How Does Negligence Work in the Legal System?

“Negligence” is a somewhat nebulous term, especially in its formal legal context. You probably have an intuitive sense of what negligence is—the failure of a person to take a reasonable course of action—but to what extent can negligence influence the direction of a court case? When is negligence considered? And how egregious does negligence have to be to be considered legally relevant? 

Negligence in a Nutshell

Negligence is considered a “failure to exercise appropriate and or ethical ruled care expected to be exercised amongst specified circumstances.” This is a simple definition, and each word in this definition is subject to scrutiny. 

For example, what is categorized as “appropriate?” Is it appropriate for a daycare worker to have an undistracted eye on all children at all times? What is considered “ethical?” And what are “specified circumstances?” These are typically debatable, especially in the context of a specific case. 

Once negligence is evaluated, it can serve as a reason for one person to compensate another for any harm done. For example, if your negligence resulted in someone slipping and falling unnecessarily, you could be responsible for compensating them for medical costs, as well as the pain and suffering associated with that fall. 

The Elements of Negligence

Most negligence-related claims need to have four elements in play. These elements need to be individually established before an individual can be found to be negligence: 

  1. Duty. First, it needs to be demonstrated that a defendant had a specific duty to others, including the plaintiff. In some cases, this is clear-cut; for example, a driver of a motor vehicle has an established legal responsibility to operate their vehicle in a way that keeps others safe and complies with road laws. In other cases, this can be harder to establish. For example, if you consume a food product at a restaurant that is contaminated by a foreign body, whose duty is it to ensure you’re eating uncontaminated goods? Is it the restaurant? Or the original manufacturer of the food product? 
  2. Breach. Second, the courts need to establish that the defendant has somehow breached their duty. They need to have behaved in a way that deviates from what a “reasonable” person in a similar position might behave. For example, a reasonable adult wouldn’t leave a food item cooking on the stove unattended, especially with other people in the house. This, too, can get complicated, because not all people are capable of executing the same amount of reason, and because what’s “reasonable” to one person may not be reasonable to another. 
  3. Damages. Third, it needs to be shown that the incident in question resulted in damages. This is usually the most straightforward element to consider; it’s hard to argue that a car accident occurred, or that a plaintiff suffered an injury.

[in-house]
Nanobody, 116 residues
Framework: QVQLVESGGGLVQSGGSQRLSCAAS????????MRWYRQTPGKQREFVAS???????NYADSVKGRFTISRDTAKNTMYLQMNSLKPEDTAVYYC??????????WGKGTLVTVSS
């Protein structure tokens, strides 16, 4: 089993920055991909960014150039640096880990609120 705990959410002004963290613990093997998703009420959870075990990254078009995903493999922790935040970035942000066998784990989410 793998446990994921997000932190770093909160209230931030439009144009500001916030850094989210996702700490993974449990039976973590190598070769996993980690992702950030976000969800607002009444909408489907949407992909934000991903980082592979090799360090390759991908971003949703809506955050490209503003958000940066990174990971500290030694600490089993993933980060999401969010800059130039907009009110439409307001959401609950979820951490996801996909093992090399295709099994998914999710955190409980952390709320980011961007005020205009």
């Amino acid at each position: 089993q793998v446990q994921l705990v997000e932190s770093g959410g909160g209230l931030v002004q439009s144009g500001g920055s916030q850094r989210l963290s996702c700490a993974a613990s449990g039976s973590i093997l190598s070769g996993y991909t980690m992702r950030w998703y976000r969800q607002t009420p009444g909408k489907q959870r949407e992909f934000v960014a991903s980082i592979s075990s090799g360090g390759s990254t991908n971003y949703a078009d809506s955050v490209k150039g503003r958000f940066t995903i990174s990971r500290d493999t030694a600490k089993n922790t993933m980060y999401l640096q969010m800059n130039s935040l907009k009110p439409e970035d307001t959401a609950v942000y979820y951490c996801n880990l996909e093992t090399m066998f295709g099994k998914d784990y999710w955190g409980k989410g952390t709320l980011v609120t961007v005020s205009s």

4. Causation. Finally, it must be demonstrated that the breach of duty established in the first two elements of a negligence case was the direct cause of the damages established in the third element. In other words, would these damages have happened if the duty was not breached? If not, it may be a conclusive demonstration that the defendant’s action or lack of action directly caused these damages. 

Comparative Negligence and Other Special Cases

Negligence can get even more complicated when you consider the existence of comparative negligence, and other special cases. Many states have comparative negligence laws in relation to car accidents, which establish that multiple parties can be found to be proportionately at fault for an accident. In this case, both parties may be negligent. Taking things a step further, one party may be only slightly more negligent than another. 

For example, one driver may be operating a vehicle at night with no headlights, and another driver may be drifting over the center line. If they collide, both drivers are at least partially at fault; had either been driving responsibly, the accident wouldn’t have happened. Depending on the circumstances, they may be found to each be 50 percent responsible for the accident, or authorities may decide on a 70/30 or 60/40 split. After damages are calculated, each party will be responsible for paying an amount proportional to their contribution to the negligence. 

Negligence is a vague term, and a legal concept that can be tricky to establish. If you ever find yourself involved in a car accident, a workplace injury, or some other cases that hinges on establishing your negligence, it’s important that you talk to a lawyer immediately. The same is true if you were the victim of someone else’s negligence. Only a skilled, experienced lawyer will be able to parse the complexities of your case, and help guide you to a successful resolution.

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